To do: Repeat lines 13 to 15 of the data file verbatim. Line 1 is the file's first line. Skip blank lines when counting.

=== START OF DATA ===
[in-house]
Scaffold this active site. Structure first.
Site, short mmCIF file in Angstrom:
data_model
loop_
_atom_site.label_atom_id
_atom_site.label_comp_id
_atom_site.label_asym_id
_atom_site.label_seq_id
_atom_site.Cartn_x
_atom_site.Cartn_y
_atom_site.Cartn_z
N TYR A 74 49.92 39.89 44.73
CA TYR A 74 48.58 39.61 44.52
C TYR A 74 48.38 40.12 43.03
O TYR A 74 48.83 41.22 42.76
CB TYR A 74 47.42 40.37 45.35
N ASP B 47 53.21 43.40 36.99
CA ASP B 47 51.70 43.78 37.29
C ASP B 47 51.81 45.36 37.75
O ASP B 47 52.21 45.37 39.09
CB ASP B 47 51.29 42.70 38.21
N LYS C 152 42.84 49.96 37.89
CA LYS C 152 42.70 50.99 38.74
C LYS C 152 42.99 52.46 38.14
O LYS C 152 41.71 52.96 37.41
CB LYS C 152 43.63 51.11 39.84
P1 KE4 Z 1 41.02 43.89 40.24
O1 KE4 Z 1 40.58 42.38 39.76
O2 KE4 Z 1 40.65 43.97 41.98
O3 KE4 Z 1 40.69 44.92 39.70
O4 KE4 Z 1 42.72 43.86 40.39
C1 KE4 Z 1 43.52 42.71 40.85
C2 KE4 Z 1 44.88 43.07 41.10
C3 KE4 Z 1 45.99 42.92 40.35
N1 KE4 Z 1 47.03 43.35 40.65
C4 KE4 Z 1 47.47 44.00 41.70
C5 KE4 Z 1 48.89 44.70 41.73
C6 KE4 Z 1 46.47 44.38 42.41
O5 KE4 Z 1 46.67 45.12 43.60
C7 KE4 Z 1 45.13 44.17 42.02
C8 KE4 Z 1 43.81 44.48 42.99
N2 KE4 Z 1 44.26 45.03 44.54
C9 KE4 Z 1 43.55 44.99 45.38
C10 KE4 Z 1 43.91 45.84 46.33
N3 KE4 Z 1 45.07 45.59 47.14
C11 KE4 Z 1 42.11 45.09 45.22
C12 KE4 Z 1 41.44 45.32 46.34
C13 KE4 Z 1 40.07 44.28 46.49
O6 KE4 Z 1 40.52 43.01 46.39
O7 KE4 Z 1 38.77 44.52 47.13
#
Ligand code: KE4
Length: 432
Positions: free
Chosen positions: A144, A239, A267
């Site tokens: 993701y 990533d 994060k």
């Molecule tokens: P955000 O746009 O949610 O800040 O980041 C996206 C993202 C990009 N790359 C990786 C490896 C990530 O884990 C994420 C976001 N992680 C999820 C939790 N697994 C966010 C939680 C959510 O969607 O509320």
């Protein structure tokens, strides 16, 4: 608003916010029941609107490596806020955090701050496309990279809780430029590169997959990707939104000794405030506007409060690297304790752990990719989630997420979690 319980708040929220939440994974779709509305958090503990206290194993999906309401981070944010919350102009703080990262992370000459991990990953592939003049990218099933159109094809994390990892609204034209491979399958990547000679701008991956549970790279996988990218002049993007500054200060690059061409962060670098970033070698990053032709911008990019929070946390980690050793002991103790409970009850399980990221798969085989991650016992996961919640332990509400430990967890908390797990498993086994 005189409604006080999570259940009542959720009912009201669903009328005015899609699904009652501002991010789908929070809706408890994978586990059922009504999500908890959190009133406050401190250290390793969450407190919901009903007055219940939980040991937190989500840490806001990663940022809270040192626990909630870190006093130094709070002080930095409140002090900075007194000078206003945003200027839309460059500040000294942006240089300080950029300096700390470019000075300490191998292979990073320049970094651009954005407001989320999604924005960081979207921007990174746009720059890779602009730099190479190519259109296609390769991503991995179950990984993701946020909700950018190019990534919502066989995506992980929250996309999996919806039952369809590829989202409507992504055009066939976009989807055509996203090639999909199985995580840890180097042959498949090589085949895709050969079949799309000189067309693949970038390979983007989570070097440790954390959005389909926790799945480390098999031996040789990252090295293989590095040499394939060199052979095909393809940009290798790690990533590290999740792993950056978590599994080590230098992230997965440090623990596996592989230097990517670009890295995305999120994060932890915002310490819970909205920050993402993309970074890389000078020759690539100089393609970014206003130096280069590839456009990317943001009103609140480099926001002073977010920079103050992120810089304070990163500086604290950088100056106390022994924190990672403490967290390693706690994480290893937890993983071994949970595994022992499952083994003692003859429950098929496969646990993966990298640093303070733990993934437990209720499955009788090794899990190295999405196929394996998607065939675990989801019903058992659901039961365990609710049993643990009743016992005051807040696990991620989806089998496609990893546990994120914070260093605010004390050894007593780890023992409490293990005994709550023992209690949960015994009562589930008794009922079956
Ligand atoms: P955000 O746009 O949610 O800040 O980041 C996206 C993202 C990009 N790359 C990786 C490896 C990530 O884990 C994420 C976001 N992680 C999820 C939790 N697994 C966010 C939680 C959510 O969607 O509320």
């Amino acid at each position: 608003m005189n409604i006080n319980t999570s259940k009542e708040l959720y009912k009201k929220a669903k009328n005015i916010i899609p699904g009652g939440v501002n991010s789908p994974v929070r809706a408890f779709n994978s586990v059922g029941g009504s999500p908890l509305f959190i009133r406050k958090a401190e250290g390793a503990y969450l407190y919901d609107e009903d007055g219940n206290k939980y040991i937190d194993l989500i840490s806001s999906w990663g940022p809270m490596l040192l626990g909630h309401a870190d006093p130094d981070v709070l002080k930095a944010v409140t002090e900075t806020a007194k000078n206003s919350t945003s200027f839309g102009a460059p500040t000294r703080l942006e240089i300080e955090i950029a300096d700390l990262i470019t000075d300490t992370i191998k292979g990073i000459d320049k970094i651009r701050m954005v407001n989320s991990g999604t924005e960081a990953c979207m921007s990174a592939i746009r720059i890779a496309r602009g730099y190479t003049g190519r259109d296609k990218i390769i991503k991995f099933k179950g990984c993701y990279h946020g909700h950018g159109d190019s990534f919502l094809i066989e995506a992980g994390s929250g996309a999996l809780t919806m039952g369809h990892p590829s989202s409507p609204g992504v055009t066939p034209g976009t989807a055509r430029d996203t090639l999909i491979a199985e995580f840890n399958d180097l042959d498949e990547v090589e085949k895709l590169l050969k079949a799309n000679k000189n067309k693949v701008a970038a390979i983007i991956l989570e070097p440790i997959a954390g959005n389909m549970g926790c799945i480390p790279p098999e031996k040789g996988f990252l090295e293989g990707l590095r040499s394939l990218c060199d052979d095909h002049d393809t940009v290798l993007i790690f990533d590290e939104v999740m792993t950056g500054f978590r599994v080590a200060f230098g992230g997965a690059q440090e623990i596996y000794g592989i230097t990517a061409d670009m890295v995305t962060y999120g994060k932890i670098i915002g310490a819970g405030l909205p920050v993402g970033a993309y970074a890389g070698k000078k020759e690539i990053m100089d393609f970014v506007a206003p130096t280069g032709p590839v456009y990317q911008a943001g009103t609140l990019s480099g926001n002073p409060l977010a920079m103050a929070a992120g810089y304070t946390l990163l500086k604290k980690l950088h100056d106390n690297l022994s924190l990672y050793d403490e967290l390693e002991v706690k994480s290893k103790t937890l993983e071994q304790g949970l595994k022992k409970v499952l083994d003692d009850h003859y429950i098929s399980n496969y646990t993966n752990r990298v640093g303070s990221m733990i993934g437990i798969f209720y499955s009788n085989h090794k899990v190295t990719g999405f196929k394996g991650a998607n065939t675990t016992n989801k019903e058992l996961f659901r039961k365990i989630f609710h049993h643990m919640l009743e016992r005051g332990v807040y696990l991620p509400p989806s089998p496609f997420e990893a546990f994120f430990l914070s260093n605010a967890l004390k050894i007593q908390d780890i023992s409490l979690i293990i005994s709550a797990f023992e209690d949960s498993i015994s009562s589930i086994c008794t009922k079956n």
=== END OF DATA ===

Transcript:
N TYR A 74 49.92 39.89 44.73
CA TYR A 74 48.58 39.61 44.52
C TYR A 74 48.38 40.12 43.03